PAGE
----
Roger Olson blogged about why he is not a Process Theologian. Since I am a newbie to Process Thought, I thought it would be fun to respond to the post point-by-point. My responses are in bold.
In the days to come, people who do this for a living (instead of a hobby) will respond more deeply and more accurately than I have here.
First … let me say that many, many people I know who think they believe in process theology really don’t. Like many theological labels and categories, over time, “process theology” has been stretched to cover much, much more than it originally covered. Many people who claim to believe in it simply don’t know what it is, historically-theologically, or what it entails logically.
I am up for the challenge. I might be who you are talking about. Let’s see how this goes.
When I talk about “process theology” I mean the type of (so-called) Christian theology based on the philosophy of Alfred North Whitehead (sometimes as modified by Charles Hartshorne) and expressed above all, prototypically, by John Cobb, David Griffin, Norman Pittenger, Delwin Brown, et al.
Good so far – that is what I thought it was.
In other words, “process theology” is not just any relational theology. It is a type of relational theology, but not the only one. And, I would add, not the best one. (For example, Jürgen Moltmann’s is a relational theology and, in my opinion, much better than process theology.)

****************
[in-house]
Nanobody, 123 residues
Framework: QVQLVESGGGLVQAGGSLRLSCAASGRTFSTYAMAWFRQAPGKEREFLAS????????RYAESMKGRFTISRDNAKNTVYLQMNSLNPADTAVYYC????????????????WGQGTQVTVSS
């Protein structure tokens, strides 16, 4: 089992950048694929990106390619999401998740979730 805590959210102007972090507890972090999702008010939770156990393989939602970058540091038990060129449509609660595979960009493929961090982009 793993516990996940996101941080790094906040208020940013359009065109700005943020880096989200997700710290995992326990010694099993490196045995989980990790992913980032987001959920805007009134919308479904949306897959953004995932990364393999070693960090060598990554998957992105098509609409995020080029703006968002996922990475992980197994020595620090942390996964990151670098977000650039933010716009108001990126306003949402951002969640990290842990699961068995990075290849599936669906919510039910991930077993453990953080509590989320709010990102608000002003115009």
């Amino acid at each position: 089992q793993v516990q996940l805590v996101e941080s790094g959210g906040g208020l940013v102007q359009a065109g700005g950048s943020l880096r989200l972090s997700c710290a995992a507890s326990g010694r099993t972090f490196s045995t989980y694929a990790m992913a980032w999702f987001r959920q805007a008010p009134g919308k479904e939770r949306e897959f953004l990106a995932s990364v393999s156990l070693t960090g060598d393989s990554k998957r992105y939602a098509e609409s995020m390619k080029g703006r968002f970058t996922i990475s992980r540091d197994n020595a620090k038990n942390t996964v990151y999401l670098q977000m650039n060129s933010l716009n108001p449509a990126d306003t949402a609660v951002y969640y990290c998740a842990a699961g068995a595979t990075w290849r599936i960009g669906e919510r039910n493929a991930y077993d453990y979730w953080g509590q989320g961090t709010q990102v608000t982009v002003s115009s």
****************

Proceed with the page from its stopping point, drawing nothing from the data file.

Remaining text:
Sure. We know plenty of people who prefer Moltmann or the Open Theology of someone like Greg Boyd. No worries there.
Many people have taken a course that included a little process theology or have read a book by a process thinker or just heard about process theology and jumped on the bandwagon without really knowing all that it involves. So—just because you call yourself “process” doesn’t mean you are.
Agreed. We try to say this all the time. Of course we say from a purist sort of qualification and you mean as as dis-qualification – but so far so good.
So what are the essentials of process theology? My description will be of an “ideal type” based on the consensus of the most noted and influential process theologians (some of whom are mentioned above).
Let’s do this!
First, process theology assumes that to be is to be in relation. It is a relational, organic worldview.
Yep. In fact, I would ask, “what was the other option?”
Second, process theology avers that God is not an exception to basic ontological rules but is their chief exemplification.
This is a major distinction and one that I find very attractive. But you are right – it is a significant departure. This is why I talk about Process Thought as a not just a new program to download but a new operating system that reformats ones’ theological hard-drive.
Third, process theology asserts that omnipotence is a theological mistake; God is not and cannot be omnipotent. God’s only power is the power of influence (persuasion).
Right. The nature of God’s power is not coercive but persuasive. God’s power is not unilateral but seductive. No problem so far.
Fourth, process theology is a form of theistic naturalism; it does not have room for the supernatural or for divine interventions (miracles).